During the past four years, Vittorio Borelli spent about 50 million euros ($58 million) buying equipment for his company’s ceramic-making facility in northern Italy. New gas-fired kilns slashed the time necessary to heat porcelain at more than 1,000 degrees Celsius, saving energy and reducing carbon emissions.
But the chief executive officer of Fincibec SpA has doubts about how sustainable that strategy is after the European Commission said it intended to impose stricter emissions controls. That means Borelli may have to spend more money in coming years to cover the costs of pollution from his business.
“That’s money that will be stolen from our ability to invest more in new energy-efficiency equipment,” Borelli said. “We are very worried about it.”
As government officials sort out the particulars of implementing ambitious climate goals, executives at European companies are scurrying to sort out how to pay for meeting them. More-advanced technologies are expensive, and the prices of permits to emit greenhouse gases are nearing record highs just as the global economy shrivels because of the Covid-19 pandemic.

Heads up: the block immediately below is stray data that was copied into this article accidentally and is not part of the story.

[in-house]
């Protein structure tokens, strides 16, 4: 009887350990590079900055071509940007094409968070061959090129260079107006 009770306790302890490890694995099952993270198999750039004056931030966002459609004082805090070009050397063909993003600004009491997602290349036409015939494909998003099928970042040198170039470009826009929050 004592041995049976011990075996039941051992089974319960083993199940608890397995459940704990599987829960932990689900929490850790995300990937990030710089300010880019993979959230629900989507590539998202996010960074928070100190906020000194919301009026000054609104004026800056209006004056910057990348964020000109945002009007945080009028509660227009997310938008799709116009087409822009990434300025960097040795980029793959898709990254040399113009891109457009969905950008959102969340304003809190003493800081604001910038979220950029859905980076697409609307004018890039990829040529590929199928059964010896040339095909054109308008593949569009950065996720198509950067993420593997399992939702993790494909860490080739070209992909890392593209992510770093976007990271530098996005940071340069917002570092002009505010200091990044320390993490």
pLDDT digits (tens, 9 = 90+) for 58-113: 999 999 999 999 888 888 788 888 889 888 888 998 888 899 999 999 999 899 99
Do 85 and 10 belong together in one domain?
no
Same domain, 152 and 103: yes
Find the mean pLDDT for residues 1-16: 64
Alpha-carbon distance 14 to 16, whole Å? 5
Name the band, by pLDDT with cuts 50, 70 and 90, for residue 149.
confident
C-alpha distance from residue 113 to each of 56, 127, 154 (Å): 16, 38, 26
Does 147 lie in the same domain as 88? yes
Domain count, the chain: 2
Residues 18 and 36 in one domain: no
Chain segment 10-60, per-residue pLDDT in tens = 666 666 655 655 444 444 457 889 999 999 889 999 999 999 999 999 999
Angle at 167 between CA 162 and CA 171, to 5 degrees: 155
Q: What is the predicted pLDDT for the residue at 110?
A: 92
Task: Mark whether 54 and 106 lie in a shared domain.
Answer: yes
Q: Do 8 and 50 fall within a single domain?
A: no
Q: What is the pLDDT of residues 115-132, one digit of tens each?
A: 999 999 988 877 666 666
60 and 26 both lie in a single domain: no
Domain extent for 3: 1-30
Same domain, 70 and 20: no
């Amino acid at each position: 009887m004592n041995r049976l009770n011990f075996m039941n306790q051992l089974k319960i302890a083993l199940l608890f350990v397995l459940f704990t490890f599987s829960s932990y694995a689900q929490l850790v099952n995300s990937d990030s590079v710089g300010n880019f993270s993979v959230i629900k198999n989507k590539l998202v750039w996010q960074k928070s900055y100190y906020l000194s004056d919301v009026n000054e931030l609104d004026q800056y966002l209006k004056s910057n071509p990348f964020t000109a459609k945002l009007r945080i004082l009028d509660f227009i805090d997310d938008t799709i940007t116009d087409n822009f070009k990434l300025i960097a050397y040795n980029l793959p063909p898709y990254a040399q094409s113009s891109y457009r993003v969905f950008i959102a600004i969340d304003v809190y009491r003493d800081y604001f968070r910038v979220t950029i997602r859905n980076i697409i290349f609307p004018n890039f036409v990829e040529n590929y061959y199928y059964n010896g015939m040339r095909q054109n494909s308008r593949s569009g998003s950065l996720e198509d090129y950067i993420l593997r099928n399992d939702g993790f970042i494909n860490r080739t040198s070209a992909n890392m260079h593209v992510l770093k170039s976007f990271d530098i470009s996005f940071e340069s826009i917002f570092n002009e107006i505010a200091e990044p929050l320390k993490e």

And with the commission’s new proposal to cut emissions 55% by 2030, compared with the current goal of 40%, the price of carbon may get significantly more expensive. The challenge for policy makers will be to find a balance between their climate ambitions and companies’ abilities to invest in themselves, said Marco Mensink, director general of the European chemical industry association Cefic.